Two years ago, Ohio was the lynchpin that secured the presidency for Donald J. Trump. However, following a special election in August that saw Republican Sen. Troy Balderson win an open congressional seat in a district that has not elected a Democrat since 1980 by an uncharacteristically narrow margin, our state’s political climate looks to be friendly to Democrat candidates in a way we have not seen for a decade.
At the top of the ticket, Attorney General Mike DeWine is running against Rich Cordray, a former Ohio attorney general himself who most recently served as the head of the federal Consumer Financial Protection Bureau during the Obama administration. This race will be a rematch of the 2010 contest for attorney general that saw DeWine victorious by a narrow margin of 48 percent to 46 percent, and a similarly close, competitive race is expected this year.
DeWine and Cordray look to replace outgoing Gov. John Kasich, who himself is currently embroiled in a bitter feud with Pres. Trump over the soul of the GOP. Along with his running-mate, Ohio Secretary of State Jon Husted, DeWine’s leadership in creating a healthier business climate for our state throughout his career has earned him the endorsement of the Ohio Chamber of Commerce Political Action Committee (OCCPAC).
Down the ticket, there are four additional open seats for each of the statewide executive offices: attorney general, secretary of state, auditor, and treasurer. OCCPAC endorsed candidates in the races for attorney general and secretary of state in both 2010 and 2014, but not for auditor or treasurer. That’s the same approach we’ve taken in 2018, as OCCPAC endorsed State Sen. Frank LaRose for secretary of state and Auditor Dave Yost for attorney general. Both candidates are the clear pro-business choices this fall.
For the past two decades, the Ohio Chamber has played a central role in raising awareness about the role and importance of the Ohio Supreme Court and in rallying the business community to help elect Supreme Court justices who refrain from judicial activism and legislating from the bench. This ensures a fair and predictable legal climate for entities that choose to do business in our state. In 2018, OCCPAC has endorsed Justice Mary DeGenaro and Appellate Judge Craig Baldwin to carry on this tradition.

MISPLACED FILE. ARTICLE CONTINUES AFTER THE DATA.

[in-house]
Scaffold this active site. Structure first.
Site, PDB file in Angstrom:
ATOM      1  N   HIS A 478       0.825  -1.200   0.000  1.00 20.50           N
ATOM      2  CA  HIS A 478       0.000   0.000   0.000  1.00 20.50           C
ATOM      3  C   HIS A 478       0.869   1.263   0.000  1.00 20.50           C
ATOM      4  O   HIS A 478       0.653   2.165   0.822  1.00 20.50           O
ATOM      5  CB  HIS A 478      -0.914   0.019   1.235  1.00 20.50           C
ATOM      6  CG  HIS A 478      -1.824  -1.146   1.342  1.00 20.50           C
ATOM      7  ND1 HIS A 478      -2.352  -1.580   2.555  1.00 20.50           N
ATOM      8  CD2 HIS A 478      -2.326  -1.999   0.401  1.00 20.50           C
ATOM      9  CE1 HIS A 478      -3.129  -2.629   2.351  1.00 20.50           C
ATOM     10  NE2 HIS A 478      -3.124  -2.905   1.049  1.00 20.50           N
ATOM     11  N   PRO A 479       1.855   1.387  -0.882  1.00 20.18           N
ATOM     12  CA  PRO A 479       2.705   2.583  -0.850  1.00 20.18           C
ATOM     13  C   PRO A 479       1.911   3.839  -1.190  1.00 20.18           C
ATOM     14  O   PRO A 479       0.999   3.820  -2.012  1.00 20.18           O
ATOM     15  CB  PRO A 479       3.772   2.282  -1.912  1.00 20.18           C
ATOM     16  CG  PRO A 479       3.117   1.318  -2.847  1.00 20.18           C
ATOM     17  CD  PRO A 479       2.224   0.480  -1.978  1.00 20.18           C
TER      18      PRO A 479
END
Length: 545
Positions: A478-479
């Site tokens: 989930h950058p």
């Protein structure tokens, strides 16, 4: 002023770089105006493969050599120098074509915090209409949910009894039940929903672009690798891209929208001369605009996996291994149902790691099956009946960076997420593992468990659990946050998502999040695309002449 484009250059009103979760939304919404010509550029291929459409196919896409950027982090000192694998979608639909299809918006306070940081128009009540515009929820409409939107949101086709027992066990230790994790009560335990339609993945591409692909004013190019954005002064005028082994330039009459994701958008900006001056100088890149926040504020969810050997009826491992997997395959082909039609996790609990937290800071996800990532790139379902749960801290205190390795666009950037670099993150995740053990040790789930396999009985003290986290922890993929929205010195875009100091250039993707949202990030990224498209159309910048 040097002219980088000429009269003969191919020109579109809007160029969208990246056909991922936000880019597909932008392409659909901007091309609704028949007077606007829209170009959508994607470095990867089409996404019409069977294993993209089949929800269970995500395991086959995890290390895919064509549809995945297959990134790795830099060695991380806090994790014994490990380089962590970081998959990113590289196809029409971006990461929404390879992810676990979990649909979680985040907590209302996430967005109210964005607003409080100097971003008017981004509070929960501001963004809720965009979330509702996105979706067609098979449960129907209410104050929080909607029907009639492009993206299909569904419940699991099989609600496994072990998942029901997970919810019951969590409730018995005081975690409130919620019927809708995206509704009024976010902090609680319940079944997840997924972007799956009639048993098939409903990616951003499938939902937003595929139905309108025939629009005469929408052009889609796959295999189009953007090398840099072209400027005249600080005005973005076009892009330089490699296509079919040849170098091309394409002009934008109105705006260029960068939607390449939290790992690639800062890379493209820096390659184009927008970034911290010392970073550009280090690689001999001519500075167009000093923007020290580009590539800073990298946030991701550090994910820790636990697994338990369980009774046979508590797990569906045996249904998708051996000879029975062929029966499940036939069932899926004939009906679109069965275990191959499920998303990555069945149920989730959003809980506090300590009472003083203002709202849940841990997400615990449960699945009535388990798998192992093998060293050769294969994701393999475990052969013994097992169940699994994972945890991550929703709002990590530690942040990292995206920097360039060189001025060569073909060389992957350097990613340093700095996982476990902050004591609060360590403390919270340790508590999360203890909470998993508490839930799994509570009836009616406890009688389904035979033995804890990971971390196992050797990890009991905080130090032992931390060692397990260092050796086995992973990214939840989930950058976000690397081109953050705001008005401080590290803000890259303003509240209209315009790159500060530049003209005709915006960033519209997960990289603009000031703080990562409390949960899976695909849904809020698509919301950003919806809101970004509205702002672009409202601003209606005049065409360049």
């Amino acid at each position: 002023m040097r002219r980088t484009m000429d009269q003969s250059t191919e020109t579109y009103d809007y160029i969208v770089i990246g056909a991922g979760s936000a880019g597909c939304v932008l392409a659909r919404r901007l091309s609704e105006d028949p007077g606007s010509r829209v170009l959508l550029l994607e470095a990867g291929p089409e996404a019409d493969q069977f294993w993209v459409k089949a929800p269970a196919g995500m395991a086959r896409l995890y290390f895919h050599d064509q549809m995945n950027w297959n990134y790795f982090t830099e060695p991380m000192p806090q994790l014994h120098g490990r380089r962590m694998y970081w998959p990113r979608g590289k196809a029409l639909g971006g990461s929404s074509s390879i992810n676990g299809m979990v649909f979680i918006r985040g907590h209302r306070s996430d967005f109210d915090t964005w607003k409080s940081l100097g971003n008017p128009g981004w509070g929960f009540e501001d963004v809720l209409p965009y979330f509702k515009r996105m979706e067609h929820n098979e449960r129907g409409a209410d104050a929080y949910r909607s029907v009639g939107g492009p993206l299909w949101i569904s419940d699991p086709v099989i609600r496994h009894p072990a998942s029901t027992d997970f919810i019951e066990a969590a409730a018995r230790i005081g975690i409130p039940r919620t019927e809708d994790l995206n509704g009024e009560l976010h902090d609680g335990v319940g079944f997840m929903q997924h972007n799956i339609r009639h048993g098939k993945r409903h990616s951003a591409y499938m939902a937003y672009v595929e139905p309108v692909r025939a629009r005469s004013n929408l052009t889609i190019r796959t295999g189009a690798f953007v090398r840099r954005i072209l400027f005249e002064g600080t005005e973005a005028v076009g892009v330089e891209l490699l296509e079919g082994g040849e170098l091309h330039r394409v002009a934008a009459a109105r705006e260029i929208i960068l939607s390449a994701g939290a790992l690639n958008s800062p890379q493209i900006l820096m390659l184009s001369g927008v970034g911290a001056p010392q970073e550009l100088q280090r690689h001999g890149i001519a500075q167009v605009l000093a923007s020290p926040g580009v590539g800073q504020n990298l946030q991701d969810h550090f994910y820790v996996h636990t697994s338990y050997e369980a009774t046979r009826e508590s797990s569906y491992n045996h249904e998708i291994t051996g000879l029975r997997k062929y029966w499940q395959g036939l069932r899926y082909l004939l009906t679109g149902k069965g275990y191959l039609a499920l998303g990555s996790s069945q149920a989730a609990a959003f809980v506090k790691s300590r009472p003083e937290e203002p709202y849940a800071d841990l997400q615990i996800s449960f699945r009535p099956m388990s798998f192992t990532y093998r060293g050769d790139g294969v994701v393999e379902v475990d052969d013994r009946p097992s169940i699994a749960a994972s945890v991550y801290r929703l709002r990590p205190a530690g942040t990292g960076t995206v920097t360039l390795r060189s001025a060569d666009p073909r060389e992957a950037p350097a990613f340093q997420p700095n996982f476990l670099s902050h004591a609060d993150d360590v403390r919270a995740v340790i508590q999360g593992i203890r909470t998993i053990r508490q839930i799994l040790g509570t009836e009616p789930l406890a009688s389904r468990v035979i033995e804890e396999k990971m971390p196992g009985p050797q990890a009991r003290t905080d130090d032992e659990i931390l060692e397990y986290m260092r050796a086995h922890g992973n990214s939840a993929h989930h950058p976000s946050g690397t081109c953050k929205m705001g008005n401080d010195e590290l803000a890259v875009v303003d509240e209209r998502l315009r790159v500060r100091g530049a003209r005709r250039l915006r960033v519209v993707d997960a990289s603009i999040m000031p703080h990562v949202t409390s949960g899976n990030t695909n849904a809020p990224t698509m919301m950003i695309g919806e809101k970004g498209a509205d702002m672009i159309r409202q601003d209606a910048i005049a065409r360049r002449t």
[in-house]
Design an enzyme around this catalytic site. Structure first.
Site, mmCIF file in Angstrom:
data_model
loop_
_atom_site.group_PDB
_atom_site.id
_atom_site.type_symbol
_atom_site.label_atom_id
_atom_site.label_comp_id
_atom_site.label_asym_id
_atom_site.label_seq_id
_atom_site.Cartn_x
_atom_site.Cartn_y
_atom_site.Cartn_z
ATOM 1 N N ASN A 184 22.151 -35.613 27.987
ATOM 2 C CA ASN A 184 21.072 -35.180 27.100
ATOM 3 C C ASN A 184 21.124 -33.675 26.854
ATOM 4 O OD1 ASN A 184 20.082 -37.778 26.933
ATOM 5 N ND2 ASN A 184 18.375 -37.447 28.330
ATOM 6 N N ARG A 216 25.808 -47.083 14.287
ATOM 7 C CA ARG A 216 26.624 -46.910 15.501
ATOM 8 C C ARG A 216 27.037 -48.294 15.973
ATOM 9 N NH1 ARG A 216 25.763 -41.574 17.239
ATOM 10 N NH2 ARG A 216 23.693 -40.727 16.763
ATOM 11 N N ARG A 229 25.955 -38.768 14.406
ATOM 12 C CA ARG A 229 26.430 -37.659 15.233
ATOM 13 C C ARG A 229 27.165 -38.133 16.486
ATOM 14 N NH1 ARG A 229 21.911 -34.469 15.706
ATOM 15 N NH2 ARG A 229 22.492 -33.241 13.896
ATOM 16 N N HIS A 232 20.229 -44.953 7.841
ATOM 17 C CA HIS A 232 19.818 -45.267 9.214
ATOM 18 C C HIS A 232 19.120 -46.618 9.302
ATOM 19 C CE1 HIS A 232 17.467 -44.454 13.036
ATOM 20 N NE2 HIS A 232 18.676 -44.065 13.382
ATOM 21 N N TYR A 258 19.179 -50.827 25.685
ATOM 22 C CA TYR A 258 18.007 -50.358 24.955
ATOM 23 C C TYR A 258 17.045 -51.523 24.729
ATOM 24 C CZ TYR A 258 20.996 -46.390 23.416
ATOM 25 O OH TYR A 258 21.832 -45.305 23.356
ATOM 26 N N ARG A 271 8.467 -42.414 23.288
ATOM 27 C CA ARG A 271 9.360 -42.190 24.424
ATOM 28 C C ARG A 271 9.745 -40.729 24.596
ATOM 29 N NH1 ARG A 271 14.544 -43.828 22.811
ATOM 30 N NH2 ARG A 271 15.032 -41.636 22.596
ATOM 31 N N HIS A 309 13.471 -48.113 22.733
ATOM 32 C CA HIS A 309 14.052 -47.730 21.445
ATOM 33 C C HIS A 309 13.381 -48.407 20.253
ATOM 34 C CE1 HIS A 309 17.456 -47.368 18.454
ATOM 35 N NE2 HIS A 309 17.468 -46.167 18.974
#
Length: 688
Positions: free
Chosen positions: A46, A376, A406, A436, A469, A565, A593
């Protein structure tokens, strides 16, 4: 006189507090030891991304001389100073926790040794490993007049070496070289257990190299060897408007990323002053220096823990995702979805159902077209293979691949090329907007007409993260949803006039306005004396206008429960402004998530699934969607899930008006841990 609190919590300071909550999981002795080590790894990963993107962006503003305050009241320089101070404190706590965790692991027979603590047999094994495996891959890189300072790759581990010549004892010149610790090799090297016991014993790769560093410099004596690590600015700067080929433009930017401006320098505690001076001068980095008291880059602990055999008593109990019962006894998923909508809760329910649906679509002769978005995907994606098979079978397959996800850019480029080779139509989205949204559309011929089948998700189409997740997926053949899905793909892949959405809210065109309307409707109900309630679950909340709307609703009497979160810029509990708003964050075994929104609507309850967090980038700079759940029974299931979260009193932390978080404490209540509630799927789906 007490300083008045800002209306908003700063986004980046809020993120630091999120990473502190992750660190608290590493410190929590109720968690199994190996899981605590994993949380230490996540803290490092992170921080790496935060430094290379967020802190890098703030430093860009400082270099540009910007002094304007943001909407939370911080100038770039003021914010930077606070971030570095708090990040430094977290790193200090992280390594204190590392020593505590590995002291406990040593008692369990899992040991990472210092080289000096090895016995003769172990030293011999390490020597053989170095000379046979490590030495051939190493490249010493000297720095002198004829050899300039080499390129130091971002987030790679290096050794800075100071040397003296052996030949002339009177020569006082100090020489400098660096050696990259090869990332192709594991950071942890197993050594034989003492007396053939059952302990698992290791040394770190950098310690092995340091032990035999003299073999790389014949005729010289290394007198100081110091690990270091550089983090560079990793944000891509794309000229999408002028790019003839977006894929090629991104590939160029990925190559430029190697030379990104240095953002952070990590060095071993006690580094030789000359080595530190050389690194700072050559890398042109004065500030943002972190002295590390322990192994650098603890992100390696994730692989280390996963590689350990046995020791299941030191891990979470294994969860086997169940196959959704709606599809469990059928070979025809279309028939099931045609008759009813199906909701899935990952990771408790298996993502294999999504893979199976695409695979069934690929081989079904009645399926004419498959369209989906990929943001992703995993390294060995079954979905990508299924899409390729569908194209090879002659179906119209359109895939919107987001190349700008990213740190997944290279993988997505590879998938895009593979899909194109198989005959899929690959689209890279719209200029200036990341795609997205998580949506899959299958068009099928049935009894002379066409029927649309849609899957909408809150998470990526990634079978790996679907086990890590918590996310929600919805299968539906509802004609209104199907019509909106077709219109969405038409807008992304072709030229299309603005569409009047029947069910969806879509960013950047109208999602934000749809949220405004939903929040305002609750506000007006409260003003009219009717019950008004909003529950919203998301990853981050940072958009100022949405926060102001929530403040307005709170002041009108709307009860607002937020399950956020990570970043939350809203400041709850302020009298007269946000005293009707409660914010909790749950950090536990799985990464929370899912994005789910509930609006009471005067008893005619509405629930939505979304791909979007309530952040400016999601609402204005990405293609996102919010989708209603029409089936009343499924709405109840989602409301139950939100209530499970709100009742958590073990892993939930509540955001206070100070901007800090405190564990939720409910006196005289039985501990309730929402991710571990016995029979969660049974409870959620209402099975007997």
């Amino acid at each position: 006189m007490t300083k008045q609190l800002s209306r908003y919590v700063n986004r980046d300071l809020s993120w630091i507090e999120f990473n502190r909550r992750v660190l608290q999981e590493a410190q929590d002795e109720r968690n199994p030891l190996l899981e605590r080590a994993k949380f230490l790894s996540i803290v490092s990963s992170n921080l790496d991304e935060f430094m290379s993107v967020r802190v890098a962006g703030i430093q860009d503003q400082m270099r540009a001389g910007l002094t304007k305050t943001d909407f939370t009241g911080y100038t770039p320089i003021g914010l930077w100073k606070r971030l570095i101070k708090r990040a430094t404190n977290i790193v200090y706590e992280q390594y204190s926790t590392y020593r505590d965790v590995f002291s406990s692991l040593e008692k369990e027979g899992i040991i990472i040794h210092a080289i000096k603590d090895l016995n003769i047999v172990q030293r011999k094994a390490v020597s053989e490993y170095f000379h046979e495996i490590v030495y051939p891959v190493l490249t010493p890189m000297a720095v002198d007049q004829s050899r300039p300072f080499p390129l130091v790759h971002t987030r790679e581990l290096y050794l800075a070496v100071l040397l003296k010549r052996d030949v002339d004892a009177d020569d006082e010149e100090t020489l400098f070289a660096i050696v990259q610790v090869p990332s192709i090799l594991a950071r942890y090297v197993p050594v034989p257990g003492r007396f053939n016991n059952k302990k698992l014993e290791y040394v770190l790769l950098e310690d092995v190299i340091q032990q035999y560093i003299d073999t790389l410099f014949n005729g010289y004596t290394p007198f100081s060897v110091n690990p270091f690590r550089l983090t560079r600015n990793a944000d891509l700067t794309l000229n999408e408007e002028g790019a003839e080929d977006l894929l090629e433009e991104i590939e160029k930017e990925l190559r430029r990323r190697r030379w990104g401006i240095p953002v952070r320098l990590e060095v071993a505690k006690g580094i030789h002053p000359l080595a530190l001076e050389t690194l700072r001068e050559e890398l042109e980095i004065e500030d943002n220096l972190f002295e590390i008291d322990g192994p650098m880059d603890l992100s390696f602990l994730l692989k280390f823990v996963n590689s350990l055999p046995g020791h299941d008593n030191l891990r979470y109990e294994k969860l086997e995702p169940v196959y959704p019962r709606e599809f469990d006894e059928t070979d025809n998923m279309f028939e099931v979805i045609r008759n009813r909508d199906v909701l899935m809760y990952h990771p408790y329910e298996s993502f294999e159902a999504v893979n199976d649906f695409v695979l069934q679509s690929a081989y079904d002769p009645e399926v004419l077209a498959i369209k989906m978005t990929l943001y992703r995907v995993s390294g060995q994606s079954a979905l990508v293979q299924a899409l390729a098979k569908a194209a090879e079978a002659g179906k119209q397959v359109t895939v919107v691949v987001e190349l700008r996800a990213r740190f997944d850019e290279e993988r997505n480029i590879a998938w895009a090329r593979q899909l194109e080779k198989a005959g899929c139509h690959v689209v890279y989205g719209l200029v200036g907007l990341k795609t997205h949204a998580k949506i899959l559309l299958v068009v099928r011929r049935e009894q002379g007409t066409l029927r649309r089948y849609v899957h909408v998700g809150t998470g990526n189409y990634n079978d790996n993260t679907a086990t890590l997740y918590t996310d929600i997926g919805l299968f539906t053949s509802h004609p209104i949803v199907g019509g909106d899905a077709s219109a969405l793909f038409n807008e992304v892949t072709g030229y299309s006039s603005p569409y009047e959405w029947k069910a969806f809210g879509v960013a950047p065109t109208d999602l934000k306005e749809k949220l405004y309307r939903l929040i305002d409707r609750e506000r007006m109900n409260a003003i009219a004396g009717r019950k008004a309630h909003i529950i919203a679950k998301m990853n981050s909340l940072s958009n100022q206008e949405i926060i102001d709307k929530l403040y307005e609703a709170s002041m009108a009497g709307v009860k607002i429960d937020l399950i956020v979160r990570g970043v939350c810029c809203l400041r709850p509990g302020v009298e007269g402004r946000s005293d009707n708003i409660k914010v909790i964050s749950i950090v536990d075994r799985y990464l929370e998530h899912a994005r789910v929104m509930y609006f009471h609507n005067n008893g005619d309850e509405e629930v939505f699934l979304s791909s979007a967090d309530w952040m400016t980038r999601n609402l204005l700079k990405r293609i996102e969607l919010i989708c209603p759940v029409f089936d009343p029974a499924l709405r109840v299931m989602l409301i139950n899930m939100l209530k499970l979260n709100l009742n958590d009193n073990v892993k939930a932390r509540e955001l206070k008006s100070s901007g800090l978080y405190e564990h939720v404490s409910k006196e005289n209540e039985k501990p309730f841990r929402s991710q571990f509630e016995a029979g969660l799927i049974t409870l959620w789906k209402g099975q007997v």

In the Ohio General Assembly, House and Senate Republicans will put their super-majorities to the test against strong political headwinds. In the Senate, Democrats have three potential pick-up opportunities in districts that were carried by Hillary Clinton in 2016. Senate Democrats hope to narrow the GOP super-majority which stands at 24-9. There are also a handful of competitive races in the House for Democrats to start clawing away at the current 66-33 GOP majority. In addition to the individual races between the two parties, the outcomes in certain House races may determine whether Speaker Ryan Smith retains the gavel for the 133rd General Assembly or enough Republican candidates who support Rep. Larry Householder win and provide him with the necessary votes to supplant Smith.
More than the partisan make-up of the Ohio House or Senate, the Ohio Chamber is focused on is electing legislators that understand the concerns of Ohioans tasked with signing both the front and back of a paycheck. This year OCCPAC endorsed 76 candidates for the General Assembly, some Democrat, some Republican. If these pro-business candidates are elected on November 6th, the legislature can continue its work to strengthen Ohio’s business climate.
Whether requesting an absentee ballot ahead of time, or when you head to the polls on November 6th, be sure to vote for the pro-business candidates that will promote a business climate that allows your business to succeed, grow and create jobs.